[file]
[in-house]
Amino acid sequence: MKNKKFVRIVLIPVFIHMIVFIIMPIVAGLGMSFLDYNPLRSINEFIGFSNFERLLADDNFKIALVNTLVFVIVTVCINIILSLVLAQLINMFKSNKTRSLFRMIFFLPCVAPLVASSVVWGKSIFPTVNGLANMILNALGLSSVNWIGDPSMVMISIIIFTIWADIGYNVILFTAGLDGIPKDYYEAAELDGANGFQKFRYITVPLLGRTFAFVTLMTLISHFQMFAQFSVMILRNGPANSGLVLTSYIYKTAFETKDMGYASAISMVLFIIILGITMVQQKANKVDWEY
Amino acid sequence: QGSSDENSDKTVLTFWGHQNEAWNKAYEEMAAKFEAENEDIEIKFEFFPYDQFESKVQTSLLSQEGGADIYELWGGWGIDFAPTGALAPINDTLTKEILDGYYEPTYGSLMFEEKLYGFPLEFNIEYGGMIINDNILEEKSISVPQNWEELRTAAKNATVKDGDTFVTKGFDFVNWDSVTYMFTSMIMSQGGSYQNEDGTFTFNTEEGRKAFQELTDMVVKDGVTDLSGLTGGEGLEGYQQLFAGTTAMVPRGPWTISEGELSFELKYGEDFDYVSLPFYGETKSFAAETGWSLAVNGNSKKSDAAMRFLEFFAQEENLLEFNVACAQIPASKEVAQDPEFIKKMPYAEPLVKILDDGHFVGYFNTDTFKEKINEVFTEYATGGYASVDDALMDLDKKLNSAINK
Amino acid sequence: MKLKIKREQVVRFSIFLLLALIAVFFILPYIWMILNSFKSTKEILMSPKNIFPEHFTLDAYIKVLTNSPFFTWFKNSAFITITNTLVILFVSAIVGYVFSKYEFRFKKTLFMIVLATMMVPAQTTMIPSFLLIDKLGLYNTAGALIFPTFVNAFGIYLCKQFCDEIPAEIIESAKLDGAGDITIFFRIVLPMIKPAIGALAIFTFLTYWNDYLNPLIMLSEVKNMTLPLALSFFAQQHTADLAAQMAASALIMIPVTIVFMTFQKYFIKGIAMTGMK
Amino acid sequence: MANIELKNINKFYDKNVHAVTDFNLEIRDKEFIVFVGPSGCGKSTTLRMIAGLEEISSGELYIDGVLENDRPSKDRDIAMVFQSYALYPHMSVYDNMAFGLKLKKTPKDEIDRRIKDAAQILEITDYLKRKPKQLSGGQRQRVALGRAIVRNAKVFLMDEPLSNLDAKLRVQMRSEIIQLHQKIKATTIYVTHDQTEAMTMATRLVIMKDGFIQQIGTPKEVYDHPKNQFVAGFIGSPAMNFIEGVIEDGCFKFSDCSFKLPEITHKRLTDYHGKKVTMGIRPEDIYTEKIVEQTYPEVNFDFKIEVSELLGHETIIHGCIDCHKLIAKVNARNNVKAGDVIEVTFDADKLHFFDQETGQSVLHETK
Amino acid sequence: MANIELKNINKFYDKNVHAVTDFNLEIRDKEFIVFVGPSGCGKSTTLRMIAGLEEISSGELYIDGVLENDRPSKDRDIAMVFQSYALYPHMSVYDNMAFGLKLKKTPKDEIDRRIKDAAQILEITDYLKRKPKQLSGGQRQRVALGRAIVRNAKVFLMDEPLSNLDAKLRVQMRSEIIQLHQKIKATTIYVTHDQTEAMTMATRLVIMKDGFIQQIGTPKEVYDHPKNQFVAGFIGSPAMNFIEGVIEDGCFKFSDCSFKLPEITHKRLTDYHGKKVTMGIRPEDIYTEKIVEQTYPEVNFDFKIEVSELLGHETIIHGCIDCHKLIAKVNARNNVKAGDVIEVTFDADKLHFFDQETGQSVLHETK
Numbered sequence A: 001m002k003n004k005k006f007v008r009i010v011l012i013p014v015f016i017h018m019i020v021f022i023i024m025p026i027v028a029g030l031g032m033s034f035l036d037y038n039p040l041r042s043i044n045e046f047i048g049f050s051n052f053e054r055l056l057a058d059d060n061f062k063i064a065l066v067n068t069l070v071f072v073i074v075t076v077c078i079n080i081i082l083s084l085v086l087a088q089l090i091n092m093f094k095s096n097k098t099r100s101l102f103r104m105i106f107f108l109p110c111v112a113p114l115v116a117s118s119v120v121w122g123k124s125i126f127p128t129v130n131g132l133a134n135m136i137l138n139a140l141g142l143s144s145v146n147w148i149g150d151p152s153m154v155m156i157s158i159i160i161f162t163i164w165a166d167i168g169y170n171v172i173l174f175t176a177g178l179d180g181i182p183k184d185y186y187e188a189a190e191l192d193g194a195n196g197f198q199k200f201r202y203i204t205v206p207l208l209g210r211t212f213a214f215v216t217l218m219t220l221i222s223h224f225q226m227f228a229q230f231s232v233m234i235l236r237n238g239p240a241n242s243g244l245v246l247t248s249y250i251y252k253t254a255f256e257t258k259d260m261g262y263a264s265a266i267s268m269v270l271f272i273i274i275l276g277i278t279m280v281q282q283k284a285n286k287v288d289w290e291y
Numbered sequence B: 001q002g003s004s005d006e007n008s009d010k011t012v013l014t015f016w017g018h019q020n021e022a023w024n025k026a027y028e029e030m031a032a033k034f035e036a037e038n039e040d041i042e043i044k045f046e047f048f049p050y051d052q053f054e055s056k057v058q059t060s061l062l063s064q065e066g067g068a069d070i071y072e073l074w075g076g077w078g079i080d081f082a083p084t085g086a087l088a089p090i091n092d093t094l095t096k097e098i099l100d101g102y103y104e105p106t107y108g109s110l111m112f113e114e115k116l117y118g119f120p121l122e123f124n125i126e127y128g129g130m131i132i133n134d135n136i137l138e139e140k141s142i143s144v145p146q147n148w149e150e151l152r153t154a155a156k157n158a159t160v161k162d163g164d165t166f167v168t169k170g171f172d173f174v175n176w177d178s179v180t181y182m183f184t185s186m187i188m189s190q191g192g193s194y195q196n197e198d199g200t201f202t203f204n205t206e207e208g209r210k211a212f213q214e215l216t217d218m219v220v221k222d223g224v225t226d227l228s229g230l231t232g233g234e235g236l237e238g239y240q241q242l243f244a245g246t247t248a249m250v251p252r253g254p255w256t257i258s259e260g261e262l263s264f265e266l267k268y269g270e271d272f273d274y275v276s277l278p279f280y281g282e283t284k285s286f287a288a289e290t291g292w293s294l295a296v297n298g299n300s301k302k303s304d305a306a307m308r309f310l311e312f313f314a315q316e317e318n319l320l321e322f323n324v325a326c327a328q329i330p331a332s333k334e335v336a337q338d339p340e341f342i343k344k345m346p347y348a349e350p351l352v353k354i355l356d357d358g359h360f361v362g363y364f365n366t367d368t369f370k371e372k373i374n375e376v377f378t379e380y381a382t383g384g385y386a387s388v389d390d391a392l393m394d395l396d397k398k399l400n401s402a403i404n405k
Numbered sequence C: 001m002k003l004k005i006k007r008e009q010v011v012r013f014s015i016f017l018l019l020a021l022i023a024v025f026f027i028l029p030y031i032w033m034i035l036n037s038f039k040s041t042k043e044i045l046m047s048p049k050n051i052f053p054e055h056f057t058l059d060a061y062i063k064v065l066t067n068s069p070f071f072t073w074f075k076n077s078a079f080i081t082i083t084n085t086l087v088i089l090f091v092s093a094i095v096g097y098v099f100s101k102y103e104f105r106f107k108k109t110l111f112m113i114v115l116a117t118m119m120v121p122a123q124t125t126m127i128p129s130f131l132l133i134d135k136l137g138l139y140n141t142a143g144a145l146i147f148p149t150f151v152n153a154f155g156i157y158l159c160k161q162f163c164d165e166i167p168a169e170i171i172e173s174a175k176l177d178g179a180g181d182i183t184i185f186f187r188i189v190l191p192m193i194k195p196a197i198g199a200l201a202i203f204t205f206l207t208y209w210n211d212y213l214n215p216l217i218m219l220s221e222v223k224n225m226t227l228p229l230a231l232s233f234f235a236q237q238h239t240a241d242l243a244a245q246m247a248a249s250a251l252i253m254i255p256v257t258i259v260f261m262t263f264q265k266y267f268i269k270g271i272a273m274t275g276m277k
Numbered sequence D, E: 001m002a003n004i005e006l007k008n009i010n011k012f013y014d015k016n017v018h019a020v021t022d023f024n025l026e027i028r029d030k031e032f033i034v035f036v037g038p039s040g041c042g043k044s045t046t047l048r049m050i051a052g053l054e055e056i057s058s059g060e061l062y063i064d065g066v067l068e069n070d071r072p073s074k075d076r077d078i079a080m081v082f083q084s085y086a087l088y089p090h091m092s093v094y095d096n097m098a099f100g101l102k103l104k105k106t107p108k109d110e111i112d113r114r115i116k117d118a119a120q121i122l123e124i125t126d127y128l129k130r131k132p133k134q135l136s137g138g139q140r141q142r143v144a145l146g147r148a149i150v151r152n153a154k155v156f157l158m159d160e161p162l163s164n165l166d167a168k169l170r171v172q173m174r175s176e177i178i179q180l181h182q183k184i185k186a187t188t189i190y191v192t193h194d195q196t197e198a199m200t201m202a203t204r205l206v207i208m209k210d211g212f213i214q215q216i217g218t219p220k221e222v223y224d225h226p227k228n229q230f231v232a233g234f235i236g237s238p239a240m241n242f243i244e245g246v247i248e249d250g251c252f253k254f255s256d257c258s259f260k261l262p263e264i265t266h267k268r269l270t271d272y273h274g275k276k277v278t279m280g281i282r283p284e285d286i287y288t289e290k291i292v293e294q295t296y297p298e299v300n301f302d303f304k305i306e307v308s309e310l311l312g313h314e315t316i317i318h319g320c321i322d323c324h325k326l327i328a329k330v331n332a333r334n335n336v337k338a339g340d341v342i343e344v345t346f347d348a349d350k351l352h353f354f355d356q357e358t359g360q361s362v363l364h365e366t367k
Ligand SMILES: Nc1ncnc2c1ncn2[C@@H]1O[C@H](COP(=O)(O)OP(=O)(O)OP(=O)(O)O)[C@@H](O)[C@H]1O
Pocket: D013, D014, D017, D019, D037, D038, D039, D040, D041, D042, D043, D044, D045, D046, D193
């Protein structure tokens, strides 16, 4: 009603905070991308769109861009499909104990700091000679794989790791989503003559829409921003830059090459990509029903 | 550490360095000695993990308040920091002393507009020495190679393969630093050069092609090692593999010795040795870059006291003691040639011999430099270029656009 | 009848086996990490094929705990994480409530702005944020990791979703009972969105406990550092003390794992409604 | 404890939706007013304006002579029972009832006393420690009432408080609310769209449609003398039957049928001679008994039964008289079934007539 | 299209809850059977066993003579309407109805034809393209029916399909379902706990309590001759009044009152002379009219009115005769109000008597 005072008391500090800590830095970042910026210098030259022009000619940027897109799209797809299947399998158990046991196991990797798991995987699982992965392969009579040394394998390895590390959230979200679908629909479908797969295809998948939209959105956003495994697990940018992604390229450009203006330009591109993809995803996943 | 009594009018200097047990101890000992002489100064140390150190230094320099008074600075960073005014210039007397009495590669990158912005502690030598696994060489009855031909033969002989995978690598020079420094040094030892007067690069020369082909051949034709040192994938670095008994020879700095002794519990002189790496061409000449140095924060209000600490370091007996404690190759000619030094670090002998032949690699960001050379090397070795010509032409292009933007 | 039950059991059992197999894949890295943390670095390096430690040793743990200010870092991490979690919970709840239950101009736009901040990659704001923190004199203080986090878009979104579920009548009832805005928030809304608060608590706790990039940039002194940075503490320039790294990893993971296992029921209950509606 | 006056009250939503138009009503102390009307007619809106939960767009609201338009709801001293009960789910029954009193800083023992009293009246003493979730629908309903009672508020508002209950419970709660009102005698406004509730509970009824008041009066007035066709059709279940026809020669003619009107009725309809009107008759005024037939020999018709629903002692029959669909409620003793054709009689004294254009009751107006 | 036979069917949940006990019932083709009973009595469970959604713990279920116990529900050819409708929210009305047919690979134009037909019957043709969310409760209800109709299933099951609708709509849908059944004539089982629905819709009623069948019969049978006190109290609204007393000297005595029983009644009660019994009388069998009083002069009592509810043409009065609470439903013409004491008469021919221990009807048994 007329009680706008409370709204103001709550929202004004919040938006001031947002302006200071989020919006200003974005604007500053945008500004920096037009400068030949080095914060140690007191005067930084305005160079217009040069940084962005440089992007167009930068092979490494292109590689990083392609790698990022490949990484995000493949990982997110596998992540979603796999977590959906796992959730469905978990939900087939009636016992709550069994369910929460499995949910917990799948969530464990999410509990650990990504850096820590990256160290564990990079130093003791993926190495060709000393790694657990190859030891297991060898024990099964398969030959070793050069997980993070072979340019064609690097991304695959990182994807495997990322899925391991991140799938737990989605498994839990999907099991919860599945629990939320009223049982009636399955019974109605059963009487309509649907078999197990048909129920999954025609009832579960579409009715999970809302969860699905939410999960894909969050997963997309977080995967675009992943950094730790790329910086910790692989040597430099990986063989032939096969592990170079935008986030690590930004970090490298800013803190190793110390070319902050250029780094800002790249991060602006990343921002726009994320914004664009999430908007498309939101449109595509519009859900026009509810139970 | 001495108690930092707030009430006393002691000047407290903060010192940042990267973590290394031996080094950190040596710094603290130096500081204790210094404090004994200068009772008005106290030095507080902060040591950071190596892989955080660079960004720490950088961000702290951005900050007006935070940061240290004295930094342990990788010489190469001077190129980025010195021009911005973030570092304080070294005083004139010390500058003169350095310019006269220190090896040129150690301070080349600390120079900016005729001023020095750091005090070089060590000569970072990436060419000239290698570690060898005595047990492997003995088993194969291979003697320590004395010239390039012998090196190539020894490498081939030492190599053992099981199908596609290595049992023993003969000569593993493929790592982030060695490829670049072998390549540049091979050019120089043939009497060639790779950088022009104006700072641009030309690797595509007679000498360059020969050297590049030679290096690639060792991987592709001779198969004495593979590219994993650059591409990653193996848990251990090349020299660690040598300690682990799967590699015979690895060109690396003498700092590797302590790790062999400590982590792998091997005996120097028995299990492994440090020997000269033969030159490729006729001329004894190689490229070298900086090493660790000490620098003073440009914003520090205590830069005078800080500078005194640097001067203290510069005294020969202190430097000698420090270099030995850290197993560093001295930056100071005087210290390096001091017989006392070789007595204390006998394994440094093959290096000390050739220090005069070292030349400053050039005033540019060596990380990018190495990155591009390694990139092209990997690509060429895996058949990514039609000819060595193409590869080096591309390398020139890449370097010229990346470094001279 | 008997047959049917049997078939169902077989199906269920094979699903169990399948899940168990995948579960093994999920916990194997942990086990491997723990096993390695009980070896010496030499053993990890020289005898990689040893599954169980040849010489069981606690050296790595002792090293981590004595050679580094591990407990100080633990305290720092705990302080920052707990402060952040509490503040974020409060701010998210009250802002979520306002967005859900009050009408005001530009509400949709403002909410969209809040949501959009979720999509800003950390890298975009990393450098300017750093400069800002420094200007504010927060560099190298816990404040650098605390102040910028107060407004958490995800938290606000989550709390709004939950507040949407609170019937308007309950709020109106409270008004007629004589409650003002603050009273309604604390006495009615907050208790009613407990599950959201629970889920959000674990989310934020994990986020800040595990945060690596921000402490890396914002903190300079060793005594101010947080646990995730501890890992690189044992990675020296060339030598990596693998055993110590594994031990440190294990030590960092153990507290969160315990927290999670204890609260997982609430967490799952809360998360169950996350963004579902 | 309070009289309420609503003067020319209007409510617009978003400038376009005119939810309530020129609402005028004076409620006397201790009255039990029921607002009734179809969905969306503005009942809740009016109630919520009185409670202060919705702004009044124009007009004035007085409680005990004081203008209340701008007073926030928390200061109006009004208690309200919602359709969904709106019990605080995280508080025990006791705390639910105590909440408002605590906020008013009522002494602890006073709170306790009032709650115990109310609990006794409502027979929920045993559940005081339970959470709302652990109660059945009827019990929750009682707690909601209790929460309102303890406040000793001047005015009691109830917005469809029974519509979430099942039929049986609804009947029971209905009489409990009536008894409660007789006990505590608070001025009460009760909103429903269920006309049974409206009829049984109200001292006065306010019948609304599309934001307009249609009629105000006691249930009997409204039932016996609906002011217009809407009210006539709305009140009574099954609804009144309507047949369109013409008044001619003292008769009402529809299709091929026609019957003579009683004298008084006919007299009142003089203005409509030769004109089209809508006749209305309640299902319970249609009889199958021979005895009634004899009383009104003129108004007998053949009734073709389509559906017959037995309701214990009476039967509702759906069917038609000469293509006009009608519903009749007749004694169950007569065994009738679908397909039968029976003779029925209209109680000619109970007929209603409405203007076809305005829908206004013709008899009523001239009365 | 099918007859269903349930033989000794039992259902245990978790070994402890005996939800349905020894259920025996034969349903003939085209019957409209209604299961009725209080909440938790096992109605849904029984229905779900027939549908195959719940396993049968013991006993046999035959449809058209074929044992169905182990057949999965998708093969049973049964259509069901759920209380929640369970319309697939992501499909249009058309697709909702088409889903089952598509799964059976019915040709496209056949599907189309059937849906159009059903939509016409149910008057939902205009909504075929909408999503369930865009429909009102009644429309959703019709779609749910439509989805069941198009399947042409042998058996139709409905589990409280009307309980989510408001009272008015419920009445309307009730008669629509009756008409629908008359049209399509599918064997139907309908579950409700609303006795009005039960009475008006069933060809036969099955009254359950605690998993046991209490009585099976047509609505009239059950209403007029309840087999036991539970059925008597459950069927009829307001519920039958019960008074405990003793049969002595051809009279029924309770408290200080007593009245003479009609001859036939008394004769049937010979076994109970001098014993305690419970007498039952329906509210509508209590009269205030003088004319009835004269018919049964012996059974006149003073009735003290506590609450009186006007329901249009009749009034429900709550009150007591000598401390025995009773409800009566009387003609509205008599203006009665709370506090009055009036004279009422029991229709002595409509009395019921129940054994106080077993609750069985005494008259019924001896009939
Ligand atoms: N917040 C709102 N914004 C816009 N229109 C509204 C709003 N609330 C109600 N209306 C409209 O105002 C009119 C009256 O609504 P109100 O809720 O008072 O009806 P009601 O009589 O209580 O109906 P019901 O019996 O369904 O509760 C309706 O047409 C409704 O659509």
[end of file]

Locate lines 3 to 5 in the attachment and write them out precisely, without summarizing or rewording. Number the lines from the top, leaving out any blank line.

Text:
Amino acid sequence: QGSSDENSDKTVLTFWGHQNEAWNKAYEEMAAKFEAENEDIEIKFEFFPYDQFESKVQTSLLSQEGGADIYELWGGWGIDFAPTGALAPINDTLTKEILDGYYEPTYGSLMFEEKLYGFPLEFNIEYGGMIINDNILEEKSISVPQNWEELRTAAKNATVKDGDTFVTKGFDFVNWDSVTYMFTSMIMSQGGSYQNEDGTFTFNTEEGRKAFQELTDMVVKDGVTDLSGLTGGEGLEGYQQLFAGTTAMVPRGPWTISEGELSFELKYGEDFDYVSLPFYGETKSFAAETGWSLAVNGNSKKSDAAMRFLEFFAQEENLLEFNVACAQIPASKEVAQDPEFIKKMPYAEPLVKILDDGHFVGYFNTDTFKEKINEVFTEYATGGYASVDDALMDLDKKLNSAINK
Amino acid sequence: MKLKIKREQVVRFSIFLLLALIAVFFILPYIWMILNSFKSTKEILMSPKNIFPEHFTLDAYIKVLTNSPFFTWFKNSAFITITNTLVILFVSAIVGYVFSKYEFRFKKTLFMIVLATMMVPAQTTMIPSFLLIDKLGLYNTAGALIFPTFVNAFGIYLCKQFCDEIPAEIIESAKLDGAGDITIFFRIVLPMIKPAIGALAIFTFLTYWNDYLNPLIMLSEVKNMTLPLALSFFAQQHTADLAAQMAASALIMIPVTIVFMTFQKYFIKGIAMTGMK
Amino acid sequence: MANIELKNINKFYDKNVHAVTDFNLEIRDKEFIVFVGPSGCGKSTTLRMIAGLEEISSGELYIDGVLENDRPSKDRDIAMVFQSYALYPHMSVYDNMAFGLKLKKTPKDEIDRRIKDAAQILEITDYLKRKPKQLSGGQRQRVALGRAIVRNAKVFLMDEPLSNLDAKLRVQMRSEIIQLHQKIKATTIYVTHDQTEAMTMATRLVIMKDGFIQQIGTPKEVYDHPKNQFVAGFIGSPAMNFIEGVIEDGCFKFSDCSFKLPEITHKRLTDYHGKKVTMGIRPEDIYTEKIVEQTYPEVNFDFKIEVSELLGHETIIHGCIDCHKLIAKVNARNNVKAGDVIEVTFDADKLHFFDQETGQSVLHETK